The Electronic Journal of e-Government publishes perspectives on topics relevant to the study, implementation and management of e-Government

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Journal Article

Enhancing Public Sector Service Efficiency by Electronic Commerce  pp37-48

Anna Sell, Erkki Patokorpi, Pirkko Walden

© Dec 2006 Volume 4 Issue 1, Editor: Frank Bannister, pp1 - 48

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Abstract

In December 2000, the city of Turku, Finland, outsourced its open care grocery shopping to an online grocery retailer. The city officials expected that an outside e‑commerce player would among other things bring time savings so that the open care service would be able to focus on caring for the elderly and the disabled at home. This paper examines the expected and realised effect of electronic commerce on the efficiency of the grocery shopping service from the viewpoint of the three main stakeholders: the customers, the employees and the management. The findings are based on employee and customer surveys as well as interviews with the open care management. The research combines both quantitative and qualitative methods.

 

Keywords: Open care, efficiency, electronic grocery shopping, e-government

 

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Journal Article

E‑government and Technological Utopianism: Exploring Zambia’s Challenges and Opportunities  pp16-30

Kelvin Joseph Bwalya, Saul Floyd Zulu, Balulwami Grand, Peter M. Sebina

© Oct 2012 Volume 10 Issue 1, Editor: Frank Bannister, pp1 - 94

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Abstract

This article presents an empirical study that was conducted in three towns (Lusaka, Livingstone and Kitwe) in Zambia to ascertain the awareness of citizens about the anticipated value that e‑government adds to public service provision. Awareness entails that citizens are able to identify the opportunities that e‑government has to offer in the delivery of public services. Using a Mixed Methods Research (MMR) approach, the study measured the perception of citizens on the overall e‑government agenda. Spearman’s rho was used to determine concurrent and construct validity of the data collection instruments. Restricted factor analysis with Kaiser Normalization identified eight predictor factors explaining 23 percent of the variance in the model indicating acceptance and/or awareness of e‑government applications. The results of the research indicate that with the likelihood of a majority of citizens aware of and utilising e‑government once it is globally rolled out, there are chances that e‑government may positively impact on the bureaucratic nature of government and ultimately improve public service delivery in Zambia. Further, this research suggests there are encouraging indications for effective development of e‑government in Zambia. The limitation of the study is that the sampled population may not be statistically representative of the general population in Zambia and therefore it is not possible to generalise the outcomes of this research.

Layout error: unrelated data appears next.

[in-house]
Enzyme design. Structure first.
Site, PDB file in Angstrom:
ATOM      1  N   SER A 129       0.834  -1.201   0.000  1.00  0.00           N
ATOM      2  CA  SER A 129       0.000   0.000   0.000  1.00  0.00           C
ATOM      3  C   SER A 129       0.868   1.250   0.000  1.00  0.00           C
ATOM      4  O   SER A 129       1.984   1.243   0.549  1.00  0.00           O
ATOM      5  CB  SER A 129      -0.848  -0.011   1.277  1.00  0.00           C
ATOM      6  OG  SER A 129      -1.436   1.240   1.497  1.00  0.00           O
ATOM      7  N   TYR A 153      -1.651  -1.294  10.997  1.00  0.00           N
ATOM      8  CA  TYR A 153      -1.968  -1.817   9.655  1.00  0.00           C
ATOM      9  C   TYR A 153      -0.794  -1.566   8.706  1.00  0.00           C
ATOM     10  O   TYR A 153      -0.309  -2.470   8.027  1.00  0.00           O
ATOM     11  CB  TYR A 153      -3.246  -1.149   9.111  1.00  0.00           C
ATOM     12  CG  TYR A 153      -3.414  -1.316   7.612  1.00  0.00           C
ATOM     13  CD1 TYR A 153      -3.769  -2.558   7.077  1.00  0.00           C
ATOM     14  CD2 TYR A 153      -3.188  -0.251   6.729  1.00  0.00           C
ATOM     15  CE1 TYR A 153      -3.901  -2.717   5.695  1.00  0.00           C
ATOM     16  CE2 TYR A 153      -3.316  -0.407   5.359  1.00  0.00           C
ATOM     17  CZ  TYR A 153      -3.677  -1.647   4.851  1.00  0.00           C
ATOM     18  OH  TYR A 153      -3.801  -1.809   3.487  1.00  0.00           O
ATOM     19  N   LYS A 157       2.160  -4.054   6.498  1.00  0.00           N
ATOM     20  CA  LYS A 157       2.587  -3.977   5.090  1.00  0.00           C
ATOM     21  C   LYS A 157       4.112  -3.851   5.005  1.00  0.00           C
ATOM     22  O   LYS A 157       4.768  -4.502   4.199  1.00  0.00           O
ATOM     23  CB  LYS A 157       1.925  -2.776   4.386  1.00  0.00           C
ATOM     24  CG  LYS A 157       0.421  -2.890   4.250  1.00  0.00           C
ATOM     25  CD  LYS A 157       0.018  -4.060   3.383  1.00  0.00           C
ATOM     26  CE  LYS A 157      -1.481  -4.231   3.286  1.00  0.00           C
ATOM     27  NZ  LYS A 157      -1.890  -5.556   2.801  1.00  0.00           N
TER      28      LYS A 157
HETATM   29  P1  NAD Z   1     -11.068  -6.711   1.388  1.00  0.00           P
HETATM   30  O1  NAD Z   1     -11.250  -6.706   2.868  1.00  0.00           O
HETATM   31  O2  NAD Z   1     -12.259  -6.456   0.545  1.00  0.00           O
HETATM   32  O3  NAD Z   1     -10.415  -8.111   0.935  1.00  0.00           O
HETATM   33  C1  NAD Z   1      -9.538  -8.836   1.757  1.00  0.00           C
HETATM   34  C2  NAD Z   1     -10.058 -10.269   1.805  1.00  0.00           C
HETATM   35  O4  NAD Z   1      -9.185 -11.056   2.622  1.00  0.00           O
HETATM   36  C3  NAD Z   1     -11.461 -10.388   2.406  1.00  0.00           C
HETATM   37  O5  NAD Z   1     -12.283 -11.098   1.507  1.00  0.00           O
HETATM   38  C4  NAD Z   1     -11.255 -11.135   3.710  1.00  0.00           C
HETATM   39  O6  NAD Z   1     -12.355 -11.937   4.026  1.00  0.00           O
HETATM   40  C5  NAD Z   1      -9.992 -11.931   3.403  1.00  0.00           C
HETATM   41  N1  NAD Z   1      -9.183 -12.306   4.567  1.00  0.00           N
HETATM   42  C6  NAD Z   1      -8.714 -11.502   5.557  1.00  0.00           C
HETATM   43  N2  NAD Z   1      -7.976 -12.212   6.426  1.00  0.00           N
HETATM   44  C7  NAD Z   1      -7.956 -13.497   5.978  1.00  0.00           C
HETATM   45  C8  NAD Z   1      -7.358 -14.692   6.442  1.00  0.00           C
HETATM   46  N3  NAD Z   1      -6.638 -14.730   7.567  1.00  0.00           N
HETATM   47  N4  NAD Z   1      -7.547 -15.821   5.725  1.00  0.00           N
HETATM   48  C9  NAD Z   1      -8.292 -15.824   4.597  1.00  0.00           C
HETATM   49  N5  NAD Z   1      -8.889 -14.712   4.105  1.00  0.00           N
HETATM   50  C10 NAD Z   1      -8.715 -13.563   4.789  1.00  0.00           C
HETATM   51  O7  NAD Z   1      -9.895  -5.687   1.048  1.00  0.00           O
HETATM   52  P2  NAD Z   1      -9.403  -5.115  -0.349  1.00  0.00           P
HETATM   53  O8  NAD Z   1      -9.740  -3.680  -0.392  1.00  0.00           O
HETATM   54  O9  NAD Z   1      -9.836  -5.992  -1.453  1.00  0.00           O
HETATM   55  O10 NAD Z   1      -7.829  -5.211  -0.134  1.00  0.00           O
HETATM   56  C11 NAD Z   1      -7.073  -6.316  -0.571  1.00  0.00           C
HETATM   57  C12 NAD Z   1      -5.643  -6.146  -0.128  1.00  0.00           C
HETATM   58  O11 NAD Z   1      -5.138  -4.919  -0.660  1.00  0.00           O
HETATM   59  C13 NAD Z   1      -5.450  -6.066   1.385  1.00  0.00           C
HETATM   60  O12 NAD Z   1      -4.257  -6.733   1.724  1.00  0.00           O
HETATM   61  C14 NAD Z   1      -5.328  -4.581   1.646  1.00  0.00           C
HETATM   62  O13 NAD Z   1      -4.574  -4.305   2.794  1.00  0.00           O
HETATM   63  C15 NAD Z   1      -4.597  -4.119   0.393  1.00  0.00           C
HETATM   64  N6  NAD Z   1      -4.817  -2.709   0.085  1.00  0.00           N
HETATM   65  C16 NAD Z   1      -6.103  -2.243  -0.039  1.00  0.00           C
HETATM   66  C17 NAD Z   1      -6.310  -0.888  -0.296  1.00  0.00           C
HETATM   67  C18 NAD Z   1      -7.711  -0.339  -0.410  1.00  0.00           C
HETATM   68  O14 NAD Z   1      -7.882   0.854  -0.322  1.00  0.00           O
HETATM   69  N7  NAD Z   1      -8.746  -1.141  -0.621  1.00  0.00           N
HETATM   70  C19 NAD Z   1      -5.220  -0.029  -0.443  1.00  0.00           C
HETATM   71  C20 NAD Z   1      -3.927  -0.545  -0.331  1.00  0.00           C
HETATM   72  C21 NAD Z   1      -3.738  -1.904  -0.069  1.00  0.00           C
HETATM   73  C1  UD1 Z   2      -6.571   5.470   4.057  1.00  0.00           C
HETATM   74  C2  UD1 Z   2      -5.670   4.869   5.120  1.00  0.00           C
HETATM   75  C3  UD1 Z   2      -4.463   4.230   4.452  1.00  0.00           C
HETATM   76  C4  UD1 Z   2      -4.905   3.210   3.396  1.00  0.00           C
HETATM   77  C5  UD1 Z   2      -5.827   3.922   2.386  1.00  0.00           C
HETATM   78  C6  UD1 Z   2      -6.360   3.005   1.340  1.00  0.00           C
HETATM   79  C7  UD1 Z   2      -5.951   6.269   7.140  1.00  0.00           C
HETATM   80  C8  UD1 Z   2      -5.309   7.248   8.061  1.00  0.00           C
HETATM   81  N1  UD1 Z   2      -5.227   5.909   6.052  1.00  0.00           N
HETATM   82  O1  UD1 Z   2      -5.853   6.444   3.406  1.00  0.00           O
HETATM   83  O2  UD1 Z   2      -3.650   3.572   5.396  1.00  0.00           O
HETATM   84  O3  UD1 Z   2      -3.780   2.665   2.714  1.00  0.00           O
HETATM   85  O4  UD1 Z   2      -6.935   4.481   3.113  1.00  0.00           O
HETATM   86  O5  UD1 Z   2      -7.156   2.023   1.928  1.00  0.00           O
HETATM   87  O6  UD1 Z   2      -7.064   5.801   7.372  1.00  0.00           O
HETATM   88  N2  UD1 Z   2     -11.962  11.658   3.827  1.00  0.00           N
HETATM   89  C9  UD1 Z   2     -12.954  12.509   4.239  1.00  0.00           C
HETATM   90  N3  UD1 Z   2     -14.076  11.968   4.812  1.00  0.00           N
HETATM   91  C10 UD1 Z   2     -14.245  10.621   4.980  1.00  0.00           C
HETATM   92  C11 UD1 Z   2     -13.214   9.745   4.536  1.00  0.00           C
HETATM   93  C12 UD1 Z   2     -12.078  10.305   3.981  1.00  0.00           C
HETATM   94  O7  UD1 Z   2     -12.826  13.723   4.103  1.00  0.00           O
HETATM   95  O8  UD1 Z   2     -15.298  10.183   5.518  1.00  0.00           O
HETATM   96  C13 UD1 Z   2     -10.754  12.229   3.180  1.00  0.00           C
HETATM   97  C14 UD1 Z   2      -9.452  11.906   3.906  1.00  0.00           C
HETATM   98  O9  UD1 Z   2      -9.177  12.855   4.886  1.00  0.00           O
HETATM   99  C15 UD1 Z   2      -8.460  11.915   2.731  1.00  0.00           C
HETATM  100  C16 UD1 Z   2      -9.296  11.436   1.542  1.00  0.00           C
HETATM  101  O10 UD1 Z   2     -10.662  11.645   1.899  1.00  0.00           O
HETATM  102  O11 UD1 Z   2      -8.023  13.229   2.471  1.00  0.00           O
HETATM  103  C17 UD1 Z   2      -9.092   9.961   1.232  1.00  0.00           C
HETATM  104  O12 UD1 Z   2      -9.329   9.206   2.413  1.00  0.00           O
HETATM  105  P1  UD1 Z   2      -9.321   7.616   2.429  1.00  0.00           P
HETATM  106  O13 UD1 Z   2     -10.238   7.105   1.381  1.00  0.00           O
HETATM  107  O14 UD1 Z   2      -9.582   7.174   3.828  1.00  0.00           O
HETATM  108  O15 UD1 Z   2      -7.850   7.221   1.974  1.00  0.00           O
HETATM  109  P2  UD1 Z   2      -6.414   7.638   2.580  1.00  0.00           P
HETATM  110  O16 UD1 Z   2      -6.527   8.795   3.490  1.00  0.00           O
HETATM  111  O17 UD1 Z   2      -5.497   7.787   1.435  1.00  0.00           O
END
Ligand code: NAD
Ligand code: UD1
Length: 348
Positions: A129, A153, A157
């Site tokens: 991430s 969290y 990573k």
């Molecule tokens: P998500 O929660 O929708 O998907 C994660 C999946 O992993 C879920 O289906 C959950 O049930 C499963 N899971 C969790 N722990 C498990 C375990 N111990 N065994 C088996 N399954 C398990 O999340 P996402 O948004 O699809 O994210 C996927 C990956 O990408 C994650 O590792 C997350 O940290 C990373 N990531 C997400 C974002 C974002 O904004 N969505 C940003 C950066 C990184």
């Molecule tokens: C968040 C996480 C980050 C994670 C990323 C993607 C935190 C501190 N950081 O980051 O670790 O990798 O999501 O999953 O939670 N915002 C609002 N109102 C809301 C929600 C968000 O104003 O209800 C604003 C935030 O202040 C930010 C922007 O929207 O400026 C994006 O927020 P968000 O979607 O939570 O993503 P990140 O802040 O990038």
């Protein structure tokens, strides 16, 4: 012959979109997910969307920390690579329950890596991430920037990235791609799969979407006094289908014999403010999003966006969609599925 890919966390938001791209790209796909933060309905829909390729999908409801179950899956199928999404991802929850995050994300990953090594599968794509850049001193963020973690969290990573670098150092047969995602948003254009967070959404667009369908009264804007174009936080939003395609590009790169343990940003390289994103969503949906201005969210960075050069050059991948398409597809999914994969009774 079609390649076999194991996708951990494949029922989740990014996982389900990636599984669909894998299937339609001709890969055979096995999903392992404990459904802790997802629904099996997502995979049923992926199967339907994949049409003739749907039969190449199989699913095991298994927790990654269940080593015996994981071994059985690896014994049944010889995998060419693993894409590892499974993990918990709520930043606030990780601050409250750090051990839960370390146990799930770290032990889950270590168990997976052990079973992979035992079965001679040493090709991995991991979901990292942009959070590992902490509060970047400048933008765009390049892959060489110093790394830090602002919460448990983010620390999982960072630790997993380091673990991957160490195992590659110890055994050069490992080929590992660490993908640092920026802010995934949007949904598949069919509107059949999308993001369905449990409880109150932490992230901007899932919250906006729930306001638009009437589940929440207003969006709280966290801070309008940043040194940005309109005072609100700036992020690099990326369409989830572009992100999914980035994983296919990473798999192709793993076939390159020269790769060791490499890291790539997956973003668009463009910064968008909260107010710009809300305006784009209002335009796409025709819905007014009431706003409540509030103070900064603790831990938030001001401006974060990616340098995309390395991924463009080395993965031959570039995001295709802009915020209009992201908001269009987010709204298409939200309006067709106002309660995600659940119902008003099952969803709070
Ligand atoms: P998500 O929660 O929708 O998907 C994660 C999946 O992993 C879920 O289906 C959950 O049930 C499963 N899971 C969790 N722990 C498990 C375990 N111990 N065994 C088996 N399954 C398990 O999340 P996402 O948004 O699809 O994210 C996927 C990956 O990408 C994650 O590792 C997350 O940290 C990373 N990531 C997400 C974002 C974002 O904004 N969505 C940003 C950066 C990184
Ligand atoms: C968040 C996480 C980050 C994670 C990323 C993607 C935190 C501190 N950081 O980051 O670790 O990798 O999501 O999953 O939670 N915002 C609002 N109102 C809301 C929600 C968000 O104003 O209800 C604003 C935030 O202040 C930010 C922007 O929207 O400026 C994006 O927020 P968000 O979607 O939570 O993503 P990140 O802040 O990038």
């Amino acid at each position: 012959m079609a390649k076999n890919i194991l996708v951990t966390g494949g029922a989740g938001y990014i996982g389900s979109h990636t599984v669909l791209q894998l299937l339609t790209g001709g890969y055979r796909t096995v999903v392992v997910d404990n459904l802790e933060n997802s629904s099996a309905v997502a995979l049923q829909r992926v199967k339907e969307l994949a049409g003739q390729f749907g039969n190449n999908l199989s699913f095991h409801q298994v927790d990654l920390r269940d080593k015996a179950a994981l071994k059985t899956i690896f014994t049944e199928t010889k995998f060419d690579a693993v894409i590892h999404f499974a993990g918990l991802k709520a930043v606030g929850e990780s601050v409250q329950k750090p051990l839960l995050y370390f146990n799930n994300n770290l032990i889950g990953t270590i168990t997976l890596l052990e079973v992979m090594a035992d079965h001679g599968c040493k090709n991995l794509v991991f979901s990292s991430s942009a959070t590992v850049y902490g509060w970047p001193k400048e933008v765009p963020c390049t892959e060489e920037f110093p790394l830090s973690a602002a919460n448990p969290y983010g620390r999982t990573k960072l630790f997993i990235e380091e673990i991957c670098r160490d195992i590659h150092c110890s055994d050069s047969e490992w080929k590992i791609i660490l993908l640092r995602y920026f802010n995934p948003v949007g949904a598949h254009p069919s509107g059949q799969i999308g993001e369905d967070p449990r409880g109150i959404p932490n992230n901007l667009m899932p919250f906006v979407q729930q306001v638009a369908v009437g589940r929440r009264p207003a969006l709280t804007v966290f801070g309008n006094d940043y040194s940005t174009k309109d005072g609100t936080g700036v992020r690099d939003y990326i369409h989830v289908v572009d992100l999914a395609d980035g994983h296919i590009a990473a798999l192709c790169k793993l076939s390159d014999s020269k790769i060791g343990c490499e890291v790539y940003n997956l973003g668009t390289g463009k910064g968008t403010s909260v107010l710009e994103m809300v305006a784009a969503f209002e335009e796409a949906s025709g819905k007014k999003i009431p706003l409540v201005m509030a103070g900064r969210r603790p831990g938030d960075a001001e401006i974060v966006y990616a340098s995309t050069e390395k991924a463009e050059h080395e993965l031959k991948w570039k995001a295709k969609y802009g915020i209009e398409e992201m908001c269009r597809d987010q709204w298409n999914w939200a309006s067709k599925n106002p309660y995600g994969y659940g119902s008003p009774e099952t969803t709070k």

Keywords: e-government, Zambia, service efficiency, corruption, technology acceptance, e-Participation, e-Inclusiveness

 

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Journal Article

E‑SmartBox: A Decent Software and Hardware Tool to Enhance Public Service Efficiency and Sustainability  pp199-207

Choompol Boonmee, Jirasuk Sugandhajati

© Dec 2014 Volume 12 Issue 2, ECEG 2014, Editor: Frank Banister, pp95 - 207

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Abstract

Abstract: The Ministry of Labour (MOL) is responsible for labour‑related public services. The services include employment promotion, skill development, social security, the worker compensation fund, labour protection and welfare. These various services have been mandated to several departments and divisions under the MOL. Service receivers must know where to access a specific service since each service is provided in a different location. Especially in the countryside this becomes a significant difficul ty since people do not know where to access a specific labour service. To enhance labour service accessibility MOL service counters had been established. The counters perform as a single window to access all kinds of labour‑related public services. The se rvice procedure starts from the service request, filling out a request form, providing required documents, finishing the service, and a satisfaction survey. This procedure takes averagely 20 ‑ 30 minutes for each service access. Additionally, since more t han 130 types of labour‑related services have to be delivered, working staff have to be intensively trained to be able to deliver these services. Unfortunately, some working staff do not stay in their jobs long. They tend to quit their jobs for better one s. Training new staff to provide such a wide variety of services becomes an obstacle to delivering continual good services. E‑SmartBox is a new concept designed by the MOL to solve the problems. It consists of two parts: a hardware part and a software par t. The hardware part is a plastic box with a smartcard reader, a web camera and a key pad inside, and can be procured anywhere at low cost. All Thai people aged from 7 to 70 have citizen ID cards which are electronic smartcards. The software has been desi gned to retrieve personal data from the ID card, to fill and print request forms automatically and to provide a rapid satisfaction survey via the key pad. This greatly reduces the service procedure to less than five minutes. Additionally the software has been designed to assist the staff by providing

 

Keywords: Keywords: labour-related public service, smart card, web cam, efficiency, sustainability, service counter, one stop service

 

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Journal Issue

Volume 4 Issue 1 / Nov 2006  pp1‑48

Editor: Frank Bannister

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Editorial

The number of e‑government events in terms of conferences, mini‑tracks, special issues of journals and books continues to grow at a pace which is, on the one hand, enormously encouraging, but on the other vaguely depressing. Encouraging because it is great to see so much interest in the subject and the steady increase in both the variety and quality of research; depressing because it has become well nigh impossible to keep up with everything that it happening. Still, it is probably a good complaint to have. As a journal editor, it is healthy to receive an increasing number of articles arrive in my in‑tray. Whether or not articles are eventually published, there is always something to learn from them.